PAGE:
Sunday, October 10, 2010

Happy Birthday, Maestro Giuseppe Verdi

Italian operatic composer Giuseppe Verdi was born on 10 October 1813 and produced some most beautiful and insightful music dramas which still hold the stage all over the world.  It was hard to find a season that San Francisco Opera didn't present one opera of his, and this season they present his Aida, which premiered when he was 58 years old.

I remembered that ten years ago, when I traveled from Rome to Florence, I had an "argument" with a fellow traveler, an old working-class Italian, about the merit and worth between Verdi and Puccini.  I hardly spoke Italian and our "conversation" started when he mentioned a lake (lago) to me and I remembered the word lago in Rossini's opera La donna del lago.  I valued Verdi more and he Puccini.  It was a hilarious moment because we could only communicate by hand gestures. 

In the US, Puccini is universally loved, while Verdi, perhaps more revered.  His dramas speak about universal human conditions, often combined with world-weary resignation. His last opera, Falstaff, summarized that life was a jester.  Puccini concentrated on the life of little one, "real" figures whose feelings can be easily identified amongst ourselves.  The concerns are immediate and personal.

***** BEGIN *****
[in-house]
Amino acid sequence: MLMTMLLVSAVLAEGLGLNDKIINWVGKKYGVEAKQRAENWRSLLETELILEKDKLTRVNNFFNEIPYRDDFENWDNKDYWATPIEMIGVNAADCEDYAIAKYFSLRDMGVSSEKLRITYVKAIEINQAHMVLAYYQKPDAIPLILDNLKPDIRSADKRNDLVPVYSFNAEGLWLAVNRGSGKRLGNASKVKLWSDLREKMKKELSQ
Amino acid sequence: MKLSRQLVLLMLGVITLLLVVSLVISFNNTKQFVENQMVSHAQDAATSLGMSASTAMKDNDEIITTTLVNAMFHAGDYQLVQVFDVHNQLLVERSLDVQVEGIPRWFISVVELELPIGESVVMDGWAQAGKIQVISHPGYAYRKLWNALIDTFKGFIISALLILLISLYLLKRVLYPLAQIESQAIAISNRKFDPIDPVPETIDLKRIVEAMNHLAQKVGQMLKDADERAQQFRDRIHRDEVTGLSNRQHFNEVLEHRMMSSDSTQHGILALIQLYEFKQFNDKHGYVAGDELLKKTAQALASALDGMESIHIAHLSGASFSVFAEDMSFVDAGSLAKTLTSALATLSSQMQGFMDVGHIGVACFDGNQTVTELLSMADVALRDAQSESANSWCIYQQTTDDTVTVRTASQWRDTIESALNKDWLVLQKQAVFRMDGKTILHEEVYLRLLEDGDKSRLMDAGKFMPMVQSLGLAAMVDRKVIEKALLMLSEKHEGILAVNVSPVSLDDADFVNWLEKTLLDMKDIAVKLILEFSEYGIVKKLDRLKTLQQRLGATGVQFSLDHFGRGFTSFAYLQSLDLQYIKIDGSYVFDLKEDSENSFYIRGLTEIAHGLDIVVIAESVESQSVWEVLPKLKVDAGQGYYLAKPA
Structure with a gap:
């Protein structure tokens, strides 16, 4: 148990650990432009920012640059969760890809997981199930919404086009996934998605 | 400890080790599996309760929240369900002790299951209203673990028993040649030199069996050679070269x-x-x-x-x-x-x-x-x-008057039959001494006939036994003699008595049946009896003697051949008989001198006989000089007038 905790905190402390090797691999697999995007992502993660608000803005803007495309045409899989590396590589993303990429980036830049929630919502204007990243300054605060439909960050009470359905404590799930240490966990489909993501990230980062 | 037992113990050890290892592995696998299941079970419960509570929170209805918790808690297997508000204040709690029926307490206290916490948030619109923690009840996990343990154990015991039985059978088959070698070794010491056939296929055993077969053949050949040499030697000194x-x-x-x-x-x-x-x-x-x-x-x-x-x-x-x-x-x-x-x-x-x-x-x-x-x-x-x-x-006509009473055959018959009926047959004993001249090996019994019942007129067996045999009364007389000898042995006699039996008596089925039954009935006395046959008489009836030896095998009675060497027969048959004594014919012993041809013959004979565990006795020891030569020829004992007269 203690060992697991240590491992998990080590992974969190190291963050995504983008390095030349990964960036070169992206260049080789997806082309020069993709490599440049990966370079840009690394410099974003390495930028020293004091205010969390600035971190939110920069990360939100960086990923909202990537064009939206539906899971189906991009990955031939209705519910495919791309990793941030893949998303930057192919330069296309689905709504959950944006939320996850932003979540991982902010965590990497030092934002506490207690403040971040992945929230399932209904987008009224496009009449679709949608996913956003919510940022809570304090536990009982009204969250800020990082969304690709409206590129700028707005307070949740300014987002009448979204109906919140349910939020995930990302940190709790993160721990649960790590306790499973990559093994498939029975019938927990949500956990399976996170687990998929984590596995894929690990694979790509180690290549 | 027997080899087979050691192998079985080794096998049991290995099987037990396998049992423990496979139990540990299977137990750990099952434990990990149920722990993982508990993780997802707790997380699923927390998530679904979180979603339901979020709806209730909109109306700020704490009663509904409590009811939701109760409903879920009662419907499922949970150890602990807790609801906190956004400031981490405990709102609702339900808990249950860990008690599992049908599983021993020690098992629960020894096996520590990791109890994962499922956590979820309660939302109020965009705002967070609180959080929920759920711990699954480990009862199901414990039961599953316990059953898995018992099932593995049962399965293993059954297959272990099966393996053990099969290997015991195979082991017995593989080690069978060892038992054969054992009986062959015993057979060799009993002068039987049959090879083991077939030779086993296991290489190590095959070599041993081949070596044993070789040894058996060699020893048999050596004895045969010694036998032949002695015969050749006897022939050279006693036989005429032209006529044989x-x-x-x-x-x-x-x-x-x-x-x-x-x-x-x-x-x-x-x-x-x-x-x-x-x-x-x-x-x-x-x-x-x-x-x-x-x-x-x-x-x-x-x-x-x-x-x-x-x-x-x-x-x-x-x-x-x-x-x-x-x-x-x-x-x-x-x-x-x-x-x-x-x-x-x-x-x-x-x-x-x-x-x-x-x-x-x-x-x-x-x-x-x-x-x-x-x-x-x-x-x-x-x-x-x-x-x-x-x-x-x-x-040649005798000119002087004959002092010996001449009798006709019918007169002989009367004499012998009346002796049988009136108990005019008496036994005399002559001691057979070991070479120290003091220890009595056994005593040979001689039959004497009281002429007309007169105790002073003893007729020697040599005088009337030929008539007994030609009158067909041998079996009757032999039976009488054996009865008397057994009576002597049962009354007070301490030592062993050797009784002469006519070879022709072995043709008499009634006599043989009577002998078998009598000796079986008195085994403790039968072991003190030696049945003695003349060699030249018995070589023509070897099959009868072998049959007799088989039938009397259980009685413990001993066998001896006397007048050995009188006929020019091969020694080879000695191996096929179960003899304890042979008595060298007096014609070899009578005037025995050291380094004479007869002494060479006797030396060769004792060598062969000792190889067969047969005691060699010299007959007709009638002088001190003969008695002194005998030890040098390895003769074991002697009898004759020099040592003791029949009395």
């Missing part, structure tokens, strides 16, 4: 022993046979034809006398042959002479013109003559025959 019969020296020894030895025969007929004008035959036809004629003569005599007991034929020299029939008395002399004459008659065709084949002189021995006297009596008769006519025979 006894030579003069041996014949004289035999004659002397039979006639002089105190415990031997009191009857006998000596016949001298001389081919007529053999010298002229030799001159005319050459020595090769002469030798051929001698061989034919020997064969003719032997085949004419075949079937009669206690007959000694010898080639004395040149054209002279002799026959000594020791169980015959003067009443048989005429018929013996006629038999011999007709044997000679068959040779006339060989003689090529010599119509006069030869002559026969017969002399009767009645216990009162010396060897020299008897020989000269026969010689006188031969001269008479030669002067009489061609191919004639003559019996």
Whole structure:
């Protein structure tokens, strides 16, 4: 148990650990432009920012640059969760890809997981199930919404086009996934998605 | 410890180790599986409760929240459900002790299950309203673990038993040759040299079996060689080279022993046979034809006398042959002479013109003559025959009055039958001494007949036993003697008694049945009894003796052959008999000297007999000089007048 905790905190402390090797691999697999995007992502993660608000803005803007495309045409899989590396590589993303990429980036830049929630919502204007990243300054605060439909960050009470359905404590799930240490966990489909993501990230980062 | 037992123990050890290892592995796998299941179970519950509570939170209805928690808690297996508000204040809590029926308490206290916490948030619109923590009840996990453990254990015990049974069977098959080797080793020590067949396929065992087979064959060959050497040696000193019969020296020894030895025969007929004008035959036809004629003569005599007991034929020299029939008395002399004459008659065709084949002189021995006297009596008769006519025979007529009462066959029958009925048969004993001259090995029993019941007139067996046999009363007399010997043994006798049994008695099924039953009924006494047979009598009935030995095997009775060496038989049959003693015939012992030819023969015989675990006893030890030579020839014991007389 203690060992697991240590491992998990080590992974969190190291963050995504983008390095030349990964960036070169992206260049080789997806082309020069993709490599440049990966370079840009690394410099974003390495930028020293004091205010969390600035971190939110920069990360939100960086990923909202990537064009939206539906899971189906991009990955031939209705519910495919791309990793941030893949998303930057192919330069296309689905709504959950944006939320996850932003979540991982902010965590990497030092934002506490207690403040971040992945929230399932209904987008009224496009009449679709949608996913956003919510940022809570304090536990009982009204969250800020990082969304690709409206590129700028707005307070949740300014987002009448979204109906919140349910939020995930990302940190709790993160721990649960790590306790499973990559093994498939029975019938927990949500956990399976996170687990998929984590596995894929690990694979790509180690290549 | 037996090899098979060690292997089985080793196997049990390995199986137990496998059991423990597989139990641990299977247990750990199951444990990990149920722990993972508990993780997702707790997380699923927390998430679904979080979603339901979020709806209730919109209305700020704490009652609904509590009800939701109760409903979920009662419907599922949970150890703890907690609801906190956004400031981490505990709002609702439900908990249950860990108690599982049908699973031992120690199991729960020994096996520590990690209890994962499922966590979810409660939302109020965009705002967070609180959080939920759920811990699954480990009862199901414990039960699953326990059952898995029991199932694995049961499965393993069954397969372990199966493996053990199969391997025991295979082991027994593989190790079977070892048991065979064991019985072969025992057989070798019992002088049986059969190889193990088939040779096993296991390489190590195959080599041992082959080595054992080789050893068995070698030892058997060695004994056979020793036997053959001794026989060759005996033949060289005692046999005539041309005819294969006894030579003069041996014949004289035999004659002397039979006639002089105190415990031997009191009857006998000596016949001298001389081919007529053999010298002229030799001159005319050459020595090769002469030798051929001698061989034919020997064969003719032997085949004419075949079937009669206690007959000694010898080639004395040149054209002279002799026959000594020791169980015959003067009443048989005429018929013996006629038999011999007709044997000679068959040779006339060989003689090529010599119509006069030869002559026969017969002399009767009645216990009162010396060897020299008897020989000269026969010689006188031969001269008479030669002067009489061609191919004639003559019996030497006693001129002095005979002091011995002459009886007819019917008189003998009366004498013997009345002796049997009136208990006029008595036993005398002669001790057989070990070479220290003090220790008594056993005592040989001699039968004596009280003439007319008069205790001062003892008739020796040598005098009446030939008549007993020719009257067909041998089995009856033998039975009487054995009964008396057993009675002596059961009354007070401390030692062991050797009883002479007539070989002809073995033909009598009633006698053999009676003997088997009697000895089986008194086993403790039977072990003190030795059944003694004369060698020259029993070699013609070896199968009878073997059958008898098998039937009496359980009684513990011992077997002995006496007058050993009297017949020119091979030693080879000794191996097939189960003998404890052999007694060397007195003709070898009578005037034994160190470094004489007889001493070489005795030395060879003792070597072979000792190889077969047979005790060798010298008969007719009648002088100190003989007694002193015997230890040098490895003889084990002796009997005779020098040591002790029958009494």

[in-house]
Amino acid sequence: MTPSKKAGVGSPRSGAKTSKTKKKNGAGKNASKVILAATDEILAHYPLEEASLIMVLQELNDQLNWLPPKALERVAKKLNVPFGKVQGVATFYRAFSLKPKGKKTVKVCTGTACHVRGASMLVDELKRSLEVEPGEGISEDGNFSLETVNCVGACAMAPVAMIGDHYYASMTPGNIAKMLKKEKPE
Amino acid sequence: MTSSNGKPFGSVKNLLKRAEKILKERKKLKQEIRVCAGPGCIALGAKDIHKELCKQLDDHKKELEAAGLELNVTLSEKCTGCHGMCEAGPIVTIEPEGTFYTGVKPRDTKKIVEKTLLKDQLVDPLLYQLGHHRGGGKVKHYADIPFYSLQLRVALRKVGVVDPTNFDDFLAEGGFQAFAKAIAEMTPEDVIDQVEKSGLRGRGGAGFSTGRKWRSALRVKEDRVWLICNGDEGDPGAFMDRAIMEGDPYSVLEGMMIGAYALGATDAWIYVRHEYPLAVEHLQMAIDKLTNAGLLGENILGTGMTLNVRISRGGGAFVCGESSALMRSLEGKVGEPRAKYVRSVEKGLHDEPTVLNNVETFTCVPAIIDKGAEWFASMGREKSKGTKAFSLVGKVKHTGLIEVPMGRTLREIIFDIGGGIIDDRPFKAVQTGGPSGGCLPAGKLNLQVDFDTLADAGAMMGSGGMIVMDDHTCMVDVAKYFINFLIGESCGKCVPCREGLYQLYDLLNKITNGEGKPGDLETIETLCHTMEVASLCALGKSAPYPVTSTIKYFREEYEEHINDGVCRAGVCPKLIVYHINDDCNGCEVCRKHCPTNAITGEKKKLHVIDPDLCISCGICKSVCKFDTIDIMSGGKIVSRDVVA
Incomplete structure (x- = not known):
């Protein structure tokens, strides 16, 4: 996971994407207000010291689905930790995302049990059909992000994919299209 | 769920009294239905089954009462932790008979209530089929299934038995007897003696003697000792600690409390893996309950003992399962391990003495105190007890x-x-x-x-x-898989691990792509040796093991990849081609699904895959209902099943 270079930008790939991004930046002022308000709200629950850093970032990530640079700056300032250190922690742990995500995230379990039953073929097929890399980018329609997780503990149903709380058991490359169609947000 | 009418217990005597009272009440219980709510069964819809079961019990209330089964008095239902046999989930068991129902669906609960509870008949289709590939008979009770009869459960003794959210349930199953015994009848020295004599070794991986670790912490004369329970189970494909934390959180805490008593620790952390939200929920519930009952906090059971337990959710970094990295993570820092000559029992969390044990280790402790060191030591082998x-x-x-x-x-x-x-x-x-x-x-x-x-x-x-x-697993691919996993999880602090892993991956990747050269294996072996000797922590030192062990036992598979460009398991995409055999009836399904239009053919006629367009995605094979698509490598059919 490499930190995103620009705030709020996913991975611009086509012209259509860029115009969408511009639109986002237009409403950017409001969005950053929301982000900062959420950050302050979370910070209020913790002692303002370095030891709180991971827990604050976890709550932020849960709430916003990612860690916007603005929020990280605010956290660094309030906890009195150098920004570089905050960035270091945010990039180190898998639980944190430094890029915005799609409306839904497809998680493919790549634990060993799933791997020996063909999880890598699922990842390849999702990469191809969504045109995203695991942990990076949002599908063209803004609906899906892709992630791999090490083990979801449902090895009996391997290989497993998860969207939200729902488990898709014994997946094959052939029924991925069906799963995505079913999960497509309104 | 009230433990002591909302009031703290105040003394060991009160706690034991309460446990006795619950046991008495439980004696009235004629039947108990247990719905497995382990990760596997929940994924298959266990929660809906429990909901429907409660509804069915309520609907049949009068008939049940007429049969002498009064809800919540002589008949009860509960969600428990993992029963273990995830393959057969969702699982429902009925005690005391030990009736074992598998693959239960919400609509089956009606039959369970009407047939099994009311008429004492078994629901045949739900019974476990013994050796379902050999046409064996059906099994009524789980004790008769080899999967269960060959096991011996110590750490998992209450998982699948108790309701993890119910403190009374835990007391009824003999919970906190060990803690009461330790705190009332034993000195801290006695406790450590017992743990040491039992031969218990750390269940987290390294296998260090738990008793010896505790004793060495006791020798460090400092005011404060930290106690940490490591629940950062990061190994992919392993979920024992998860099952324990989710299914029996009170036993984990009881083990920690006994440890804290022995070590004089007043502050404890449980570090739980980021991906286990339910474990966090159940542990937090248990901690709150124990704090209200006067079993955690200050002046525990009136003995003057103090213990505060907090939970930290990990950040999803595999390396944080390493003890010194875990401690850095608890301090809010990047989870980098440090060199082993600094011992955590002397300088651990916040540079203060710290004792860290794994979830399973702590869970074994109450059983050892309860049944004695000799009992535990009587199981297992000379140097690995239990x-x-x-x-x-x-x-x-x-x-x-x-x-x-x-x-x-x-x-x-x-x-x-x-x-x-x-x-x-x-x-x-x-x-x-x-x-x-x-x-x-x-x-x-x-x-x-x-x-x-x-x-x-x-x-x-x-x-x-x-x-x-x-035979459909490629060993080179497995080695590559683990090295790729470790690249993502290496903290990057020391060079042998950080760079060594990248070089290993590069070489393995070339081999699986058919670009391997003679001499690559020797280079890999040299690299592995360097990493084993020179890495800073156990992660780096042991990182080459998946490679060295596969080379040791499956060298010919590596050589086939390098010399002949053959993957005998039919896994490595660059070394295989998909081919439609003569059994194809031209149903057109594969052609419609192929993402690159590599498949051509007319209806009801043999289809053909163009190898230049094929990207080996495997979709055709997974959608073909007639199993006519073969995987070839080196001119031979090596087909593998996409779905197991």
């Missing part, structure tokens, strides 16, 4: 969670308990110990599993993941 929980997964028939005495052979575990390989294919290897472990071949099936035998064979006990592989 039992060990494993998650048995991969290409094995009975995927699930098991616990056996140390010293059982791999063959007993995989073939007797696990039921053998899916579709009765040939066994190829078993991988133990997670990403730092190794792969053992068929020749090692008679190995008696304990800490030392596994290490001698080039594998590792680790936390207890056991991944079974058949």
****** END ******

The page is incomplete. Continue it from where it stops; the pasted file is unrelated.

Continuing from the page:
Years ago, I read an article comparing Verdi and Puccini in the US and Italy.  The article confirmed that Puccini tramps Verdi in the US but in Italy, Verdi's supremacy over Puccini is unchallenged.  The author claimed that he had conducted a broad survey there and all valued Verdi over Puccini.  I guess I must have met the singular exception on my train.
The American love affair with Puccini is considered curious in Italy, where the composer is usually ranked in the second tier of native opera composers (along with Rossini, Donizetti and Bellini) under the colossus that is Giuseppe Verdi. Puccini is in fine company in the second tier and is certainly more admired than the likes of Mercadante, Salieri, Paisiello, Cherubini, Cilèa, Boito, Leoncavallo, Giordano and Puccini's teacher, Ponchielli.
I also remembered another article on Verdi, which described him as a man concerned with human conditions in general terms, paid close attention to politics and realized that his desire to change the world for the better was doomed.  Yet, his Sisyphean effort despite knowing its doom was what made Verdi heroic.

Limelight / 聚光燈 / Rampenlicht
Limelight © Matthew Felix Sun

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